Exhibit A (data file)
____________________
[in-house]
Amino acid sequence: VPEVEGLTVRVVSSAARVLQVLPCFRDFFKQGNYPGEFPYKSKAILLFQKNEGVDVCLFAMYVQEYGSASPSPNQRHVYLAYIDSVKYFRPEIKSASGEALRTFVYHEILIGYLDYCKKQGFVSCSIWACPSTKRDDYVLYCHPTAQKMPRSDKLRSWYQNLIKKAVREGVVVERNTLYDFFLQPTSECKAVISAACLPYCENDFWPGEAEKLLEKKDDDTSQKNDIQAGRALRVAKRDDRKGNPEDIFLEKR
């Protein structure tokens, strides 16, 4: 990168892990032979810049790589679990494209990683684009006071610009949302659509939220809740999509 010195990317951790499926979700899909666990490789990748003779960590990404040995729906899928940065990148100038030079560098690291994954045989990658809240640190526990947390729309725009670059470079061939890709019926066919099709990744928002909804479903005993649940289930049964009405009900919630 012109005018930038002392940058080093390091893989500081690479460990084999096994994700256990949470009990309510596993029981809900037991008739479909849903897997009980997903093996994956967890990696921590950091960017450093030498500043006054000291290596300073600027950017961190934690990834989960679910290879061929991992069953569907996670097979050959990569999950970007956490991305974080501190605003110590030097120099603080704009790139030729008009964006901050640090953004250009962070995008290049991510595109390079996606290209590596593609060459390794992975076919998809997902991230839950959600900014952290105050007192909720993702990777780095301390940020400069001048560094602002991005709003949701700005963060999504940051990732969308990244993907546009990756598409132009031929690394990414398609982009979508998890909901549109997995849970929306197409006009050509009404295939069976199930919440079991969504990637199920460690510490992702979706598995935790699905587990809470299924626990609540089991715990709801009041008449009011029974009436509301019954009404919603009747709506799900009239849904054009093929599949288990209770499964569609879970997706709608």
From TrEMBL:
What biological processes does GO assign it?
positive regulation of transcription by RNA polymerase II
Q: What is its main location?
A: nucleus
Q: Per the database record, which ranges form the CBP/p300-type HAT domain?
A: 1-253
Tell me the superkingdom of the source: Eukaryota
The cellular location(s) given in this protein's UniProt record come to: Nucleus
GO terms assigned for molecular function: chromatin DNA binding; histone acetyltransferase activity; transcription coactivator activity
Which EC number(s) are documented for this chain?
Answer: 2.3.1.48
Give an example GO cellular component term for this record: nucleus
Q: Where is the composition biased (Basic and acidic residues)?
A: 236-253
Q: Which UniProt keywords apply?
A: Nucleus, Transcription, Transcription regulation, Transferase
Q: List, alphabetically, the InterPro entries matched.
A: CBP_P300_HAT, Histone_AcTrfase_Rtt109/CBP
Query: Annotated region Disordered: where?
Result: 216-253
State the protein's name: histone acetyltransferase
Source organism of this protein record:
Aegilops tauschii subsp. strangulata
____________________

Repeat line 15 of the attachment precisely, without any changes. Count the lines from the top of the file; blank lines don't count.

Answer: 2.3.1.48